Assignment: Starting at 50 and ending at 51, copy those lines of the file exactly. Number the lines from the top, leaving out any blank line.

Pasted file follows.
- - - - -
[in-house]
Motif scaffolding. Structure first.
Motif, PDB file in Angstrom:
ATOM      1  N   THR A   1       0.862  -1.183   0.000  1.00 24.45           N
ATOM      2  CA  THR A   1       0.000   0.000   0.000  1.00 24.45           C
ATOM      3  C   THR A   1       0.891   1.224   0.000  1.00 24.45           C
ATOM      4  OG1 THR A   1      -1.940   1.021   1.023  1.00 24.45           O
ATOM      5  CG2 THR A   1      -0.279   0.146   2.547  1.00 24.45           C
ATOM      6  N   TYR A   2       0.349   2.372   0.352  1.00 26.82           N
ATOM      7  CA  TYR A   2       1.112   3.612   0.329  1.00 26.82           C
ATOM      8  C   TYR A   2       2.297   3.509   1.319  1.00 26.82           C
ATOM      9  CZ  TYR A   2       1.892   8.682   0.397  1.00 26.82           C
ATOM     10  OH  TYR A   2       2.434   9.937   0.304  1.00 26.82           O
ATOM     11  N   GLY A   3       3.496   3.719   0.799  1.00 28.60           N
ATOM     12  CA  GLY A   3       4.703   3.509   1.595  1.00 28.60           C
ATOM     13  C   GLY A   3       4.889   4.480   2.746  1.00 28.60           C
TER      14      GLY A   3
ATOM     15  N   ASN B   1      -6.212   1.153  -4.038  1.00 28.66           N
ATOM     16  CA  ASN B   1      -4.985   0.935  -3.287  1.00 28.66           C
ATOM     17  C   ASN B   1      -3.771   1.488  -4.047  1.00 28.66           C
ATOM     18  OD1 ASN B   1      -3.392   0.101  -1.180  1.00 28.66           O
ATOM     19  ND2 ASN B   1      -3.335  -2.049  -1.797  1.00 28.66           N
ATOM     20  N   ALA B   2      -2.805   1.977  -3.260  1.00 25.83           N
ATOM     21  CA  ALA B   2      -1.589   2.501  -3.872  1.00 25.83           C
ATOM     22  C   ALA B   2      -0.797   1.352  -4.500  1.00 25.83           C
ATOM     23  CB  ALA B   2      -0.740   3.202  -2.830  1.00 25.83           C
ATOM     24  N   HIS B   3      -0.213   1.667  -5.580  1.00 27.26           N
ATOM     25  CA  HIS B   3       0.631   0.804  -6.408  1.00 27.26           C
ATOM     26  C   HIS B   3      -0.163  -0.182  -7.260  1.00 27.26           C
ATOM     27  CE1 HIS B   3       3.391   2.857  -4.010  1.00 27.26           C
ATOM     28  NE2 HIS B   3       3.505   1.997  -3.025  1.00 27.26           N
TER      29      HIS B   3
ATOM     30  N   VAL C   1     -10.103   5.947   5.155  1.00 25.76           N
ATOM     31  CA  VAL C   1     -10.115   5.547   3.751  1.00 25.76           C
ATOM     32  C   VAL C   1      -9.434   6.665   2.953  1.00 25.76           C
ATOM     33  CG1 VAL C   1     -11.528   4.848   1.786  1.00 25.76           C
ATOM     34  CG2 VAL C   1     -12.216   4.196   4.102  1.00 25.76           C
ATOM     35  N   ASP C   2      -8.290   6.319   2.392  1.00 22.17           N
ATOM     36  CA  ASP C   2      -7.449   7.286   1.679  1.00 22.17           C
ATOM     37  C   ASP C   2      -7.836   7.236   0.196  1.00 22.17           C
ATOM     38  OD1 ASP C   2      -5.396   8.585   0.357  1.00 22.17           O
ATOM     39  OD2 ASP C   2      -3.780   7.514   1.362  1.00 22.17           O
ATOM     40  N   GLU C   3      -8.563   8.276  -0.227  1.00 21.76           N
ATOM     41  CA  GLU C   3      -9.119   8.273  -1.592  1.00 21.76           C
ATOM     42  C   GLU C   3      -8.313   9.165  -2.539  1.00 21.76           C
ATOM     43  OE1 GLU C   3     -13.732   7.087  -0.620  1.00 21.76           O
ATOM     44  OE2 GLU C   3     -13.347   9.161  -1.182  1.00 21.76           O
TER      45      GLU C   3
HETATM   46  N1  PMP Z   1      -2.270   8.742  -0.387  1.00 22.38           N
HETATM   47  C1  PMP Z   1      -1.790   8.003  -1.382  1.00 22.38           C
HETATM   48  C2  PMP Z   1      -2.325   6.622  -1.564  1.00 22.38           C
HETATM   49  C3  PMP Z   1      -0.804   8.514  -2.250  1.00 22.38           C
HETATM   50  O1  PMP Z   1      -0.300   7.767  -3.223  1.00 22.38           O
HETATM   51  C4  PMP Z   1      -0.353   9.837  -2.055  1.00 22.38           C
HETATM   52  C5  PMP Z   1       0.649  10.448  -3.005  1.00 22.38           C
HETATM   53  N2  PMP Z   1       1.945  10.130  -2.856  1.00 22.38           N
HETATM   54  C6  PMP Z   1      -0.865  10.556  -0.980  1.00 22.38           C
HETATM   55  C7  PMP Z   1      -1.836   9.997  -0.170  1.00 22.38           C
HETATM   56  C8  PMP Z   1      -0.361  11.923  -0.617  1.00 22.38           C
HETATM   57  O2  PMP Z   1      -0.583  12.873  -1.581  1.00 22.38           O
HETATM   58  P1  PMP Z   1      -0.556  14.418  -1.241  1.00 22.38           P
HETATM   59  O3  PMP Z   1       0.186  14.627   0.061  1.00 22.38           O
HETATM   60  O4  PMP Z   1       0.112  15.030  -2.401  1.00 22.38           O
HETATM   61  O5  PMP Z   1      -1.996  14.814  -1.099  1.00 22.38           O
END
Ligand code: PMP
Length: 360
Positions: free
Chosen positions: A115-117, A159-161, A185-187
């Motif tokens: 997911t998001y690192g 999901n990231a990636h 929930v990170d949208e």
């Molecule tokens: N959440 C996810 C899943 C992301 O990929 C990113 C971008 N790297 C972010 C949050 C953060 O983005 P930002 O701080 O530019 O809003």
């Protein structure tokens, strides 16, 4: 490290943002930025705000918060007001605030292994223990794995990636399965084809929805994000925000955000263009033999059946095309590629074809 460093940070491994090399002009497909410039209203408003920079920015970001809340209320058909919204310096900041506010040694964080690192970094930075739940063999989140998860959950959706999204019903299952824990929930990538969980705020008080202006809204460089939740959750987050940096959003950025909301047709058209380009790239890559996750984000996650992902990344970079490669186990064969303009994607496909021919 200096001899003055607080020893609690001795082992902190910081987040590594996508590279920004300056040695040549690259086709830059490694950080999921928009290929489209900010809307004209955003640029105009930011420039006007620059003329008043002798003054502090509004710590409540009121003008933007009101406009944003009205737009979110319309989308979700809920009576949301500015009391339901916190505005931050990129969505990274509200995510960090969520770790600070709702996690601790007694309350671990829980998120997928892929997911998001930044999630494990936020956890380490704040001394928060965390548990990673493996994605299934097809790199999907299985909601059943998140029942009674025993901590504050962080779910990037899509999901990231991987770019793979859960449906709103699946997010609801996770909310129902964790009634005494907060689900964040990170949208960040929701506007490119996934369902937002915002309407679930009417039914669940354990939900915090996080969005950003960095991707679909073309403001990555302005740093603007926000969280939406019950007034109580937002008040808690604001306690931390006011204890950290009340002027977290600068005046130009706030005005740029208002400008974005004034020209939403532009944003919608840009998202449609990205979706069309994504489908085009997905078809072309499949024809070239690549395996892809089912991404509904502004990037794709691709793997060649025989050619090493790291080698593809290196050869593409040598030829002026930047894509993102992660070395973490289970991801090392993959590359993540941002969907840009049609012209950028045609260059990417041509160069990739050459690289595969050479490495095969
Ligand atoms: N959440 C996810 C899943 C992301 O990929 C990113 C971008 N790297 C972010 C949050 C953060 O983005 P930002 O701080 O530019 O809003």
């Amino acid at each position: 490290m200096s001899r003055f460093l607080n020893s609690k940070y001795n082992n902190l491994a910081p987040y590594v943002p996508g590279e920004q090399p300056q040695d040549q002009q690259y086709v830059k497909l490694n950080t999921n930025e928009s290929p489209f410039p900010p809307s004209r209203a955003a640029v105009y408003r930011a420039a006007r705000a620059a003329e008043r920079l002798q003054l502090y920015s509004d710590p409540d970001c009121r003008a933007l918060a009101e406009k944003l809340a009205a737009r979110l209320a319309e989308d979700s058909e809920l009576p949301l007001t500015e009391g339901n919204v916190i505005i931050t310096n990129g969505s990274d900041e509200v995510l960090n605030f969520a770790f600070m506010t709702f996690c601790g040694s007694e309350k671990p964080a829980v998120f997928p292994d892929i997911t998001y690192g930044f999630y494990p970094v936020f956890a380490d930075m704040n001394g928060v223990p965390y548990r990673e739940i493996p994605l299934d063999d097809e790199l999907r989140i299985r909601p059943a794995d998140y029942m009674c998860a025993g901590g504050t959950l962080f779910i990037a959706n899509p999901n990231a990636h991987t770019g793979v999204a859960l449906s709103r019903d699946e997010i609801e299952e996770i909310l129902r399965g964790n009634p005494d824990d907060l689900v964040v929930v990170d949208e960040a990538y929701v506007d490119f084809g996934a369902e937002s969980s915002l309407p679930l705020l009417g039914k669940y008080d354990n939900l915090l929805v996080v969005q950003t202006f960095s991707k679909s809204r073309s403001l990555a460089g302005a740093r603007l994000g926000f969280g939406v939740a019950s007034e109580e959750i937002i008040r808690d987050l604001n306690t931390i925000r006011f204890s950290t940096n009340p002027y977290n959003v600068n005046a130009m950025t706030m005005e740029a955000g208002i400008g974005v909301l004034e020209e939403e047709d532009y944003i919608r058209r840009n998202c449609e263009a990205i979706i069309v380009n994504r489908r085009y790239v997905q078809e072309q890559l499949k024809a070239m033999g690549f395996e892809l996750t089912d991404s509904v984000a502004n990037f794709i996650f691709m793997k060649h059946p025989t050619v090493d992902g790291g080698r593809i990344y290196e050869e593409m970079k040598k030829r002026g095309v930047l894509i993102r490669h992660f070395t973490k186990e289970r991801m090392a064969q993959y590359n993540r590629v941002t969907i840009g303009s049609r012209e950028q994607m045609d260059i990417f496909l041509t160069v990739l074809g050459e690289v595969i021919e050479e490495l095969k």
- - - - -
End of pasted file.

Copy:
HETATM   47  C1  PMP Z   1      -1.790   8.003  -1.382  1.00 22.38           C
HETATM   48  C2  PMP Z   1      -2.325   6.622  -1.564  1.00 22.38           C